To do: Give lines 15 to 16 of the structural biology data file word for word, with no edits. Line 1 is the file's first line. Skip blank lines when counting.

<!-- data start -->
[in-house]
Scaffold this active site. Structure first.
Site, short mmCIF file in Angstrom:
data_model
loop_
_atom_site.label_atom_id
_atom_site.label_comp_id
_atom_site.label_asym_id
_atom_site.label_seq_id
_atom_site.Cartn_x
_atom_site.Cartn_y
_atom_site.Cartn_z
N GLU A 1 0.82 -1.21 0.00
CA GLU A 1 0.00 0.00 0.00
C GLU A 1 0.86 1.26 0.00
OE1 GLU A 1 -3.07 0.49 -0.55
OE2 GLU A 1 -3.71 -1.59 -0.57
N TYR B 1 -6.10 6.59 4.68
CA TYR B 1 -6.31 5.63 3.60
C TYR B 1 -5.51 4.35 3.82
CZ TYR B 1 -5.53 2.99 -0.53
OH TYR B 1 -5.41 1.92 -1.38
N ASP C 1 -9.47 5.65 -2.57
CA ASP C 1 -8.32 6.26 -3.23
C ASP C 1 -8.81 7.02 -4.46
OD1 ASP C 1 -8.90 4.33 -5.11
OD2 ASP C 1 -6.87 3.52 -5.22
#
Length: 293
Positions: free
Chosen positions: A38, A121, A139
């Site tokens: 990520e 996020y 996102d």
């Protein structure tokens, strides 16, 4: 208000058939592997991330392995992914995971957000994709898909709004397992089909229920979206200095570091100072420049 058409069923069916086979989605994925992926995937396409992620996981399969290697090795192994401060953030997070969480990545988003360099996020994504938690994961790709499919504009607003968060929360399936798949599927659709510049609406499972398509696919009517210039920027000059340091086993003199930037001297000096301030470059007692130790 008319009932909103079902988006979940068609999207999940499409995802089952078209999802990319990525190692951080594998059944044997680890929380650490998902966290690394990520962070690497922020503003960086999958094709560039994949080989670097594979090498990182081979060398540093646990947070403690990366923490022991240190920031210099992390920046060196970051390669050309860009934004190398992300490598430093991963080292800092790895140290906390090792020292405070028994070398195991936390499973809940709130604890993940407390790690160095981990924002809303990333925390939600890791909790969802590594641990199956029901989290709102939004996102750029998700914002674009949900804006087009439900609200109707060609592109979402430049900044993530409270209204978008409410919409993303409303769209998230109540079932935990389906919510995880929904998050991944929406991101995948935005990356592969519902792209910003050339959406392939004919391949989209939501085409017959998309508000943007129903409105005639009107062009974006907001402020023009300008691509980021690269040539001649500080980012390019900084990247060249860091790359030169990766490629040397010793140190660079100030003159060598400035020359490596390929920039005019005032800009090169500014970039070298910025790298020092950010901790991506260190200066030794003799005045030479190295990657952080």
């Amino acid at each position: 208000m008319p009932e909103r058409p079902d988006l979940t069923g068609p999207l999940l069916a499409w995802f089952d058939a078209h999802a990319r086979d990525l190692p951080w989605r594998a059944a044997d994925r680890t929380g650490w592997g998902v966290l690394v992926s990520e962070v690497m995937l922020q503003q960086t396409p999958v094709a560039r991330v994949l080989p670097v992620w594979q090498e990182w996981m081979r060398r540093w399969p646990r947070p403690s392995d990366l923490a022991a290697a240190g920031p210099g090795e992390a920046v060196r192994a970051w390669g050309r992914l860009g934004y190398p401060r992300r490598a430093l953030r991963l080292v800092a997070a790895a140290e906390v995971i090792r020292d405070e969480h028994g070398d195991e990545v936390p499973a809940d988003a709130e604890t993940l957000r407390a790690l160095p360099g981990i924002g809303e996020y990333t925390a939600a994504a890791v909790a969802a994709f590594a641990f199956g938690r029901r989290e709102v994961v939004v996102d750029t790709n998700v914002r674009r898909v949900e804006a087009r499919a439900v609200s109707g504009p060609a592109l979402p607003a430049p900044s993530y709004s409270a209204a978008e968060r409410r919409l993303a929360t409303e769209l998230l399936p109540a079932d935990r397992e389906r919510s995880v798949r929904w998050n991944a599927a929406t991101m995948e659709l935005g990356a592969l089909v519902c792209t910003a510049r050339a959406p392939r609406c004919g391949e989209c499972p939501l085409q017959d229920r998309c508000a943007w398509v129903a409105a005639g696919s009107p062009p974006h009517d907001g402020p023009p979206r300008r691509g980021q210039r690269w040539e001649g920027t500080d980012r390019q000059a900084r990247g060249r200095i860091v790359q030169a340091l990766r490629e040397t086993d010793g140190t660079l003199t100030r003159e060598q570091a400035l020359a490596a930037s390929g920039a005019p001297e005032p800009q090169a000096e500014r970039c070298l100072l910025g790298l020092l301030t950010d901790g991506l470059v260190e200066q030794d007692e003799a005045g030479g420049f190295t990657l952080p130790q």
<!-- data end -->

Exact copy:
C GLU A 1 0.86 1.26 0.00
OE1 GLU A 1 -3.07 0.49 -0.55